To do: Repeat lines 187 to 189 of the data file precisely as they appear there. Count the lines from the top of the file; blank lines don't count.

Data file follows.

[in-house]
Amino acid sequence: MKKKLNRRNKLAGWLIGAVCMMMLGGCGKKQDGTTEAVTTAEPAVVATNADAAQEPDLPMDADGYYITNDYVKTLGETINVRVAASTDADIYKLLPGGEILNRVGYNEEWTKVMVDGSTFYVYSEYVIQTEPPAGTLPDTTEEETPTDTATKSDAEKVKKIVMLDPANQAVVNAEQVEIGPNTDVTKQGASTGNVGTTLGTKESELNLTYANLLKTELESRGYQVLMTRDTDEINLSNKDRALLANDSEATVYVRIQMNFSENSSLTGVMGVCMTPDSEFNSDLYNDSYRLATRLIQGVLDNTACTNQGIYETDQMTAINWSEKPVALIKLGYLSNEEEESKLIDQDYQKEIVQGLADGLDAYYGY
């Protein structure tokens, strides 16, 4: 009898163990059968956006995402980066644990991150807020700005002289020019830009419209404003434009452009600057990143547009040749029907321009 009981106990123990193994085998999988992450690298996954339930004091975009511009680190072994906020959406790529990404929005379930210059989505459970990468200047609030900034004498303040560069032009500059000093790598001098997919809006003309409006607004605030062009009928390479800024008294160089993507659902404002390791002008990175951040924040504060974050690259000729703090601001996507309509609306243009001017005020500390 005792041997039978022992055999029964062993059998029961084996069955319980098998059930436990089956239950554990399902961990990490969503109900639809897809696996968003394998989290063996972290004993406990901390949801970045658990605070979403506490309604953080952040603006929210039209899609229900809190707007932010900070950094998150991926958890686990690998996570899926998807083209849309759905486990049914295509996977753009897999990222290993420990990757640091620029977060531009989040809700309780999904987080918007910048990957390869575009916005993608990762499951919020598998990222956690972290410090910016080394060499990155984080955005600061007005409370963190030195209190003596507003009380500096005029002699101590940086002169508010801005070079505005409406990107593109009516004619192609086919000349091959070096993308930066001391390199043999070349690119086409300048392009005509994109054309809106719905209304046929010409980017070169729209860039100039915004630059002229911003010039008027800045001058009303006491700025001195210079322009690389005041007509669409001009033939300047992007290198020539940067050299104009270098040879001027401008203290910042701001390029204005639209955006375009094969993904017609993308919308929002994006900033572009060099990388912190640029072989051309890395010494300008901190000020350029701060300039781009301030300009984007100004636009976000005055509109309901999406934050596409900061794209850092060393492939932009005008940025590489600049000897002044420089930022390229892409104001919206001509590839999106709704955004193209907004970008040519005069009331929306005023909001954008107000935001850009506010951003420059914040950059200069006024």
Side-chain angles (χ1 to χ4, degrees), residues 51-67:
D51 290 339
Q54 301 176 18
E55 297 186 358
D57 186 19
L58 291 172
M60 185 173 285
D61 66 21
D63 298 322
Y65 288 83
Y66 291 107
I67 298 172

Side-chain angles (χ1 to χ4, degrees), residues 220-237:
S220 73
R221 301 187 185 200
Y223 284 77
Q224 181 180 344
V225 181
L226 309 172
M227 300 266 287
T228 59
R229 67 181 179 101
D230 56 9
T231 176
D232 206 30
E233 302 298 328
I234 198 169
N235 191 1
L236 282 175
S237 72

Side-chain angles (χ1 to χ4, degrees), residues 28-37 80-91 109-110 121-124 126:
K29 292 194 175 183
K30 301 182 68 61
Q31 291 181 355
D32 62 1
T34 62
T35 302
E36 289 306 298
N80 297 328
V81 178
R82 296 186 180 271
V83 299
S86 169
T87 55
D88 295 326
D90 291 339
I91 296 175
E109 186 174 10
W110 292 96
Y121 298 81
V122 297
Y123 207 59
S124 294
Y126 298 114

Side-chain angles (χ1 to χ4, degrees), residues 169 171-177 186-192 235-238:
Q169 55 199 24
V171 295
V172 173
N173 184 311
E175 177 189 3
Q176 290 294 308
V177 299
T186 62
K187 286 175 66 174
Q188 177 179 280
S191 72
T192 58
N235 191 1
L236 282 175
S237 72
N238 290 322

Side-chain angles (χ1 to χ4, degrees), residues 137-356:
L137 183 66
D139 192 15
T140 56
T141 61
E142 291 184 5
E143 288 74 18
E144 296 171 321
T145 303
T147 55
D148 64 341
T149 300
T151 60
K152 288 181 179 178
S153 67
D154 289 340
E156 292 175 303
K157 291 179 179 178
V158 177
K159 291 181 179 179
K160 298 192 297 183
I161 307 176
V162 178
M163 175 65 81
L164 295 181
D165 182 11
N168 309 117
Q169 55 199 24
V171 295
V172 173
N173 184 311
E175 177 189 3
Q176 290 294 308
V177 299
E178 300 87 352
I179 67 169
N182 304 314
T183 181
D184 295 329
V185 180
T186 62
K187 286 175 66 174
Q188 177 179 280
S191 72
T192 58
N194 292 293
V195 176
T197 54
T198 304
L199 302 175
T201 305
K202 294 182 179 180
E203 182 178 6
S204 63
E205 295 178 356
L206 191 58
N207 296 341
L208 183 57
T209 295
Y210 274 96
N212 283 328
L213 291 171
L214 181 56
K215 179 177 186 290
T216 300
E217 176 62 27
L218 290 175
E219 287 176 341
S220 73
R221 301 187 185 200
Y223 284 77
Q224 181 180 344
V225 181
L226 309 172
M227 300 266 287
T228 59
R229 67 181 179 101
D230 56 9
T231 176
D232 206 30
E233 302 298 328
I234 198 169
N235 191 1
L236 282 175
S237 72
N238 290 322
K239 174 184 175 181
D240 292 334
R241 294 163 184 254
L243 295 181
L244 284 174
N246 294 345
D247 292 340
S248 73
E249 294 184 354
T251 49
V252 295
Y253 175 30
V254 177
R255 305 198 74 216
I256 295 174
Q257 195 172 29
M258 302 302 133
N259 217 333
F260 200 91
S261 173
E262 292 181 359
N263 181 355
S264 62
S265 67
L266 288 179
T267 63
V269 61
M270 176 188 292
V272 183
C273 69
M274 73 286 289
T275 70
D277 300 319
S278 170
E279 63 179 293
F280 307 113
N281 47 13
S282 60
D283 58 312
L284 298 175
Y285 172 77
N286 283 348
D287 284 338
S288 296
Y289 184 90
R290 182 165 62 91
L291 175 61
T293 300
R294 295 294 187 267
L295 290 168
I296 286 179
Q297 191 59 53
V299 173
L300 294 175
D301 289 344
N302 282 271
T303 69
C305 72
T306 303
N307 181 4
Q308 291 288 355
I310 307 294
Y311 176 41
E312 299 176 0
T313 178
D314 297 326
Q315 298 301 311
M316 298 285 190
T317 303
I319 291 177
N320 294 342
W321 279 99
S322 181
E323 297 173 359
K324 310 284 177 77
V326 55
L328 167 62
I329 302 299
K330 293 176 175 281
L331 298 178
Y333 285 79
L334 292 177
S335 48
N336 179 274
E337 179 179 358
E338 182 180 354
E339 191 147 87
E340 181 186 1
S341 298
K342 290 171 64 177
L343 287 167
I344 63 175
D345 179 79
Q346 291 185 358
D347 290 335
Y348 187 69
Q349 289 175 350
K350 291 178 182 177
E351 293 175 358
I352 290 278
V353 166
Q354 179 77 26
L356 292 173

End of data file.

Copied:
V269 61
M270 176 188 292
V272 183